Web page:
Why did you decide to drive across the country in your grease-powered station wagon?
First, it had never been done before. A few people had driven buses or vans coast to coast without stopping at a pump, but they hauled along big setups for pumping and filtering oil from restaurant grease dumpsters. As far as I could tell, no one had ever taken a regular old station wagon or car and driven it from one end of the country to the other on less than a tank of fossil fuel. Second, I was trying to make a point. If two regular guys like me and my friend Iggy could get from Vermont to Berkeley without major issues, then it says something about how easily our country could wean off of foreign oil, if we set our minds to it.
Surely there was an environmental element to your trip too, right?
Of course. My wife and I originally got the station wagon and converted it to run on vegetable oil in part to reduce our carbon footprint. A veggie car spews a lot less carbon dioxide into the atmosphere. The other reason we got the car was to save money on gas. That’s a concept most people can relate to.
For the book you took several side journeys in the car, to places like Fort Knox, the Google headquarters, a green Wal-Mart, and Al Gore’s house in Tennessee. What was the point of these trips?
After the first day or so, I felt like I wasn’t learning enough from our cross-country drive—besides how smelly fryer grease can get if it’s kept in the back of a warm car for too long. So Iggy and I decided that every night he would assign me to do a future side trip to investigate what other advances are being made in America toward a sustainable future. Each trip had to be completed within the following year. As a result, I went to Fort Knox to check out its really impressive geothermal heating system, which saves the Army millions of dollars a year in oil bills, and to Google to see their solar-powered buildings, and to Al Gore’s mansion to check out what I assumed would be the great green home. That last mission was a total failure, though. Al really let me down.
Aren’t you a bit hard on Al Gore? I mean, he won a Nobel Peace Prize for his work on climate change.
I don’t think so. I admire everything he’s done for the environment. But the bottom line is that for us to curb climate change and protect the planet for future generations, we need to make certain individual sacrifices. He’s not making them. Even though his 10,000 square foot mansion is one of the greenest homes in Nashville, it’s still a 10,000 square foot mansion. Ask environmental experts, and they’ll say owning a house that huge is the antithesis of sustainable living. He’s not making any real personal sacrifices in his everyday life to reduce his carbon footprint, and if he can’t lead by example, how can he expect the rest of us to follow?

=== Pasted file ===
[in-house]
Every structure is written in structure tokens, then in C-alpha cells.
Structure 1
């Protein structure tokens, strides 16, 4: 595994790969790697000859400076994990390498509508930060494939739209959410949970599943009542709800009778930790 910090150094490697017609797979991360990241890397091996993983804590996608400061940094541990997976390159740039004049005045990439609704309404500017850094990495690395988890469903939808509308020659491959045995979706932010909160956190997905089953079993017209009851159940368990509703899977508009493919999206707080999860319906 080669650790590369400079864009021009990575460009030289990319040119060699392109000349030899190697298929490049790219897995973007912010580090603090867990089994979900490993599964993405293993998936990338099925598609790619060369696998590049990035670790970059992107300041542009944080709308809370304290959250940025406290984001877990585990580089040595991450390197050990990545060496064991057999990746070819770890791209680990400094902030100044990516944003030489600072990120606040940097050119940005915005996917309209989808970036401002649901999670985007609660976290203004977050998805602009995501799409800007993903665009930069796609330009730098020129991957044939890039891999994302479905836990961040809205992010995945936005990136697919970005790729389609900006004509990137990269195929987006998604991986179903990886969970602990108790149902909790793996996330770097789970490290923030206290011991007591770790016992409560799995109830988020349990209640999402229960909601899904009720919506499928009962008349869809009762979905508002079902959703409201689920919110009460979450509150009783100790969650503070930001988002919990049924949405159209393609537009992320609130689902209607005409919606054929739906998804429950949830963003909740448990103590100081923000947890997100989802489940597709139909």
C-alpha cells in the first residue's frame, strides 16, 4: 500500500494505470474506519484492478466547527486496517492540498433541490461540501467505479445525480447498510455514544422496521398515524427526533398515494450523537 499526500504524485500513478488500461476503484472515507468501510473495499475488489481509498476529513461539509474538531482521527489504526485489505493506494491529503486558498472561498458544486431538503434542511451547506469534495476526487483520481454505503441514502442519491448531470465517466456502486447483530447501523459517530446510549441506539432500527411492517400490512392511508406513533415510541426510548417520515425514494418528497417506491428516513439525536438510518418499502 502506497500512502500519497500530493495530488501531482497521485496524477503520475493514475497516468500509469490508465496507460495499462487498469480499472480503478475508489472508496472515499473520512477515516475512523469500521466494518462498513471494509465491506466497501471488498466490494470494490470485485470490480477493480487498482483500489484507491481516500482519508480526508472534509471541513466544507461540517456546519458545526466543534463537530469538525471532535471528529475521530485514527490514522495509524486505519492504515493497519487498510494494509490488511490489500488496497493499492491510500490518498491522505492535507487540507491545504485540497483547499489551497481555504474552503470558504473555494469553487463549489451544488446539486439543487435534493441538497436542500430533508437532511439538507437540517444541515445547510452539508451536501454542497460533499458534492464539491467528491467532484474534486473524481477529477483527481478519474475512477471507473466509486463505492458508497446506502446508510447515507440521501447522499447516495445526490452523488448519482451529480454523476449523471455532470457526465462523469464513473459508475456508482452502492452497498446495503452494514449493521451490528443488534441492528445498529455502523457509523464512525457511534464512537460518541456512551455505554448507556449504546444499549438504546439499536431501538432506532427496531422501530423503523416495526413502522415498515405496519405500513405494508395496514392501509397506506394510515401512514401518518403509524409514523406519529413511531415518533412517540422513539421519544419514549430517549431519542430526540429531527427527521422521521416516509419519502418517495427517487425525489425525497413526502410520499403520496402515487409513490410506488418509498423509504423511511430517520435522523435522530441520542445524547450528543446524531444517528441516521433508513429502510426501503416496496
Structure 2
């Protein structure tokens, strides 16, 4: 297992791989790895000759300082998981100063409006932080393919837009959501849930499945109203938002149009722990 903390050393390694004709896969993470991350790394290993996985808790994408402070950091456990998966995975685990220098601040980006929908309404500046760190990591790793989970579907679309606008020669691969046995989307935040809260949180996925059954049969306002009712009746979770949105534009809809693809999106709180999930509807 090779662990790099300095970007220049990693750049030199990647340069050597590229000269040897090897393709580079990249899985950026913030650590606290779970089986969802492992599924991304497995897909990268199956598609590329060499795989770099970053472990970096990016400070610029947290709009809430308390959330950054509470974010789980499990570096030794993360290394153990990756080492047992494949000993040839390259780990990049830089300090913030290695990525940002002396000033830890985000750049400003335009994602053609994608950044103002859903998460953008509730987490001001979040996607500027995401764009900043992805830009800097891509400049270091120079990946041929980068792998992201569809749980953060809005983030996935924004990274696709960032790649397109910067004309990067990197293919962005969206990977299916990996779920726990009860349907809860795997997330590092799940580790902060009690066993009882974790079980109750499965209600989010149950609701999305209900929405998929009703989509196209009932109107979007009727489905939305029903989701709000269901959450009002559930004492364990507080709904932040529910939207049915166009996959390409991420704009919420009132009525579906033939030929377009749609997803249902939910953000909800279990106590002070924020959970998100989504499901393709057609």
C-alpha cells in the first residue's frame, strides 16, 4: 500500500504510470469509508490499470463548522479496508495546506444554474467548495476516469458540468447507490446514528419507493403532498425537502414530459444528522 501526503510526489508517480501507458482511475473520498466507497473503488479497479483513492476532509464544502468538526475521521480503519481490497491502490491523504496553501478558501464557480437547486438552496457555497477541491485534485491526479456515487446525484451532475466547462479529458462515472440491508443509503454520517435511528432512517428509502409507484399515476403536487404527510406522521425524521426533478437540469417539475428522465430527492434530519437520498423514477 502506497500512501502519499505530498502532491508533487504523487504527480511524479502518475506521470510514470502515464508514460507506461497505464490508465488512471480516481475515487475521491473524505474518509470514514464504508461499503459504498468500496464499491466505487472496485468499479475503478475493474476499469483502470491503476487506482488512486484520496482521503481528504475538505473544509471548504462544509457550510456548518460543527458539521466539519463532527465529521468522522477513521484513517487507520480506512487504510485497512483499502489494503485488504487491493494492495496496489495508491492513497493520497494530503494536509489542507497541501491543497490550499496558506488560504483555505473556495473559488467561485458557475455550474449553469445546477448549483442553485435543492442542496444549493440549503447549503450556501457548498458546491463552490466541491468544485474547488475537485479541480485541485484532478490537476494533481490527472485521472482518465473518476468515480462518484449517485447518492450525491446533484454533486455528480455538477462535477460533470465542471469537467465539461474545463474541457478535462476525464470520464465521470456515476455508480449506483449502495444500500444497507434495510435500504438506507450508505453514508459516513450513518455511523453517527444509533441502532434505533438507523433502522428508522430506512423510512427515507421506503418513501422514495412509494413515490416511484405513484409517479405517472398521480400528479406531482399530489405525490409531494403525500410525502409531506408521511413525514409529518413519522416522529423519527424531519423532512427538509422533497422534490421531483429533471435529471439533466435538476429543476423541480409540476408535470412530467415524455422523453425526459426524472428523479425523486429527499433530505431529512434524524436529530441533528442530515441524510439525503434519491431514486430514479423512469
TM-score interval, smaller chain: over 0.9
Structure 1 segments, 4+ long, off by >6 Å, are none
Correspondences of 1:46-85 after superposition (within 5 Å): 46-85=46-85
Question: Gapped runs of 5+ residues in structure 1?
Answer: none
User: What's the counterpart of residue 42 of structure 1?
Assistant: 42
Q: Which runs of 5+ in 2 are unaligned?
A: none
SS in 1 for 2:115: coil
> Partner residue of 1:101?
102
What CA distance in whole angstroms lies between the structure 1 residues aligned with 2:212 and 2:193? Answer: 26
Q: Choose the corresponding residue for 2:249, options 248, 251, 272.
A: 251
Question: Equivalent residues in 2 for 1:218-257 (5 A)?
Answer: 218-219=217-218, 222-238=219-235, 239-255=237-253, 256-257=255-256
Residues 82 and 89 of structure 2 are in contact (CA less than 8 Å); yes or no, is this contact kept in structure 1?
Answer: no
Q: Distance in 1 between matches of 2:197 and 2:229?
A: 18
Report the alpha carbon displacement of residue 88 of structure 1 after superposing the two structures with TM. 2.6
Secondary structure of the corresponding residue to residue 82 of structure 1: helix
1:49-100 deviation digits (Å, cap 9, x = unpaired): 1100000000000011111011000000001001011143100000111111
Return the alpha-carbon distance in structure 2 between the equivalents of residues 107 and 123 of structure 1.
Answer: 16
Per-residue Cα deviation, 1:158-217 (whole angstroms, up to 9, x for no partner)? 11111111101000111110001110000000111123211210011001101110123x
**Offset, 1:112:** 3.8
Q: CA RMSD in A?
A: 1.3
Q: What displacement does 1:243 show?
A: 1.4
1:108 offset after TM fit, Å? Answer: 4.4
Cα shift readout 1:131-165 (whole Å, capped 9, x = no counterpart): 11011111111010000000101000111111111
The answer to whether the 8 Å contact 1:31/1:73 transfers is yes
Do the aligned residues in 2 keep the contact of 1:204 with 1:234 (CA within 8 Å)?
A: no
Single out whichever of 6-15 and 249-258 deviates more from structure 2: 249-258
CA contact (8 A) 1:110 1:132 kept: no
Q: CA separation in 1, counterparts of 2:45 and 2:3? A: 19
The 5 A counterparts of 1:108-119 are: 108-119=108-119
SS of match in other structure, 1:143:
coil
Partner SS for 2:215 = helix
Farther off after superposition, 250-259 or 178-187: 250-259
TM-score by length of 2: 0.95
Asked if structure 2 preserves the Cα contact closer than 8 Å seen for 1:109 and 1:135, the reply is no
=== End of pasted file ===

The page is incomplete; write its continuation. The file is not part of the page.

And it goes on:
When you mention sacrifices, are you saying we should protect the environment at the sake of the economic well-being of some Americans?
No, not at all. On the contrary, I think the more we pursue so-called green technologies, the stronger the American economy will become. Take my car, for example. I bought the grease-power conversion kit from a company that bases all of its operations, including manufacturing, in the United States. Also I’m helping a neighborhood restaurant owner cut his waste disposal costs by taking his used fryer grease off his hands. In turn, I’m saving gas money because I’m getting my fuel for free. Everybody wins in this equation. During my travels, I met farmers in Minnesota who were making money by putting up wind turbines, which were built in the US, by the way, on their property. I visited the Google headquarters, where their massive solar power system, also made in America, will pay for itself in energy bill savings in less than a decade. I saw how even Wal-Mart is getting into the act. They’re reducing their transportation costs by millions by installing mini electric generators in their trucks that allow drivers turn on the heat or air conditioning in a parking lot without keeping the engine running.
What sacrifices are you talking about, then?
I’m talking about the size of our homes, the size of our vehicles. I’m talking about spending a little more money to buy local produce, because it reduces the massive greenhouse impact of shipping. I’m talking about making time to take an active role in grassroots politics, to create change. Our nation has rallied together to combat monumental challenges before. Look at the efforts during World War II. We can do it again.
So during your cross-country drive, how messy was the grease?
I think by the third day, every piece of clothing I had was grease-stained. I started having nightmares about spills. I smelled the stuff in my sleep. Worst of all, Iggy somehow managed to stay clean, which grated me more and more as the trip went on. By the end, I practically wanted to take a grease bucket and pour it on his head.
Are you and Iggy still on speaking terms?
After spending so much quality time together in a smelly, greasy old car with broken air conditioning, we needed to part company for a while after the trip. But we’re on good terms again. A short while back, he actually bought a Ford F-250 truck and converted it to veggie oil. I call the thing the Queen Mary. Sometimes he randomly pulls into my driveway to compare vehicle sizes.
Will you two be making any future road trips?
None are in the works right now. My wife has just graduated from medical school and will soon be a very busy resident physician, so I’ll have my hands full with our two kids. And Iggy just got married, so his schedule isn’t quite as free. I still plan on driving the wagon as much as possible, though, until the engine quits.
How long do you think your old wagon will last?
Well, since it has almost 300,000 miles on the odometer, and I’m driving on experimental fuel, I count my blessings every time the thing starts up in the morning.